Story by Vice Chairman of the Joint Chiefs of Staff Navy Adm. James A. “Sandy” Winnefeld
This morning, Acting Deputy Secretary of Defense Christine Fox and I met with the Senate Armed Services Committee to discuss military compensation and retirement benefits.
This is a subject that weighs heavily on the mind of our military family as we work to preserve the all-volunteer force. We must figure out how to recruit and retain the best America has to offer and pay them fairly.
Above all, we have a solemn contract with the selfless young men and women who volunteer to defend our nation that we will only send them into combat with the best possible training and equipment we can provide.
Here are my opening remarks:
Good morning, Chairman Levin, Senator Inhofe and distinguished members of the Armed Services Committee. I thank you for the opportunity to testify today on the CPI-1 provision, and on military compensation in general.
And I’d like to start with the latter if I may.
First, I want to make it very clear that our magnificent volunteer men and women in uniform and their incredible families deserve the best possible support we can provide, including competitive pay and other forms of compensation.
This is especially true when they’ve experienced over a decade of wartime deployments and stress, coming on top of all the normal disruptions of military life, including the sacrifices made by our wonderful spouses and their families.
However, we must also exercise good stewardship over the resources that the American taxpayers entrust to the Department of Defense to protect the United States.
This means investing prudently to maintain the highest quality all-volunteer force, while simultaneously getting the best value for the capability, capacity and readiness that we need to win decisively in combat.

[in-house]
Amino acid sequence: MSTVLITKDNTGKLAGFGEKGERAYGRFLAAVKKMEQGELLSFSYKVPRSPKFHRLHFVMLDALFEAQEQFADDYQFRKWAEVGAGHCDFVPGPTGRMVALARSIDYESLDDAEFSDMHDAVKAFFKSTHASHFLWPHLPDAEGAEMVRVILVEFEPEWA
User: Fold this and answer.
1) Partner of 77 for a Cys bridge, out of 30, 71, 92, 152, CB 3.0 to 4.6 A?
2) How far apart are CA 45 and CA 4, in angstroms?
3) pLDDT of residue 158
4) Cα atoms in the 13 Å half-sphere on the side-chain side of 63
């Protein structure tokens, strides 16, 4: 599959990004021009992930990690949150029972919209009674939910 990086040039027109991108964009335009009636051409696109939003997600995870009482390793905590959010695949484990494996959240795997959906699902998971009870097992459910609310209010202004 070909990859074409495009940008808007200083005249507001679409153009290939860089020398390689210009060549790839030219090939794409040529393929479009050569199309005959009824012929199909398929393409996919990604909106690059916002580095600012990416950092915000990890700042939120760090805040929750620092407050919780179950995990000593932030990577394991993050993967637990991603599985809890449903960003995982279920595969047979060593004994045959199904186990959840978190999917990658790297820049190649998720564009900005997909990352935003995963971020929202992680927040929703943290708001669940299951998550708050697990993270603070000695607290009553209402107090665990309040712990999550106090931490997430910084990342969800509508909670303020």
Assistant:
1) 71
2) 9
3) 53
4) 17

In this light, I try not to forget that the American people have been very supportive over a decade of war to those of us who wear the uniform. They provided ample funding for our combat operations. They treat us in person far differently from our Vietnam War predecessors.
Many businesses have offered generous discounts and other special benefits to the men and women in uniform. And our nation, with the support of Congress, has provided substantial increases over the last decade in compensation that have more than closed previously existing gaps with the rest of our nation’s workforce.
We in uniform are very grateful for all of this. It means a lot.
However, demanding at this point that our compensation not only remain at its currently high relative level but that it continue to rise faster than that for the average American is simply not sustainable at a time when our entire budget is under great pressure.
This growth has been substantial, and rightly so; by the 1990s, military compensation had fallen to a deeply unsatisfactory level relative to the rest of the working population in America. The quality of our all-volunteer force suffered as a result.
To address this, with the help of the Congress, we substantially increased the compensation growth trajectory in the late ’90s, and in the post-9/11 period. These increases worked.
In 2001, U.S. median annual household income was $42,000. That equated to the direct pay of an average E-7 in the U.S. military. Today, median annual household income is $52,000, roughly equal to what an average E-5 makes.
So in short the average enlisted service member surpasses the U.S. median annual household income, two pay grades earlier, or about eight to 10 years earlier, than his or her career would have in 2001.
None of this includes indirect compensation, or the special pays and bonuses we use to shape our force or very generous changes to the G.I. Bill.
To provide additional context, in 2002, the Quadrennial Review of Military Compensation or QRMC concluded that in order to attract and retain the best that America has to offer, and because of the rigors of military service, military pay should equal around the 70th percentile of civilians with comparable education and experience.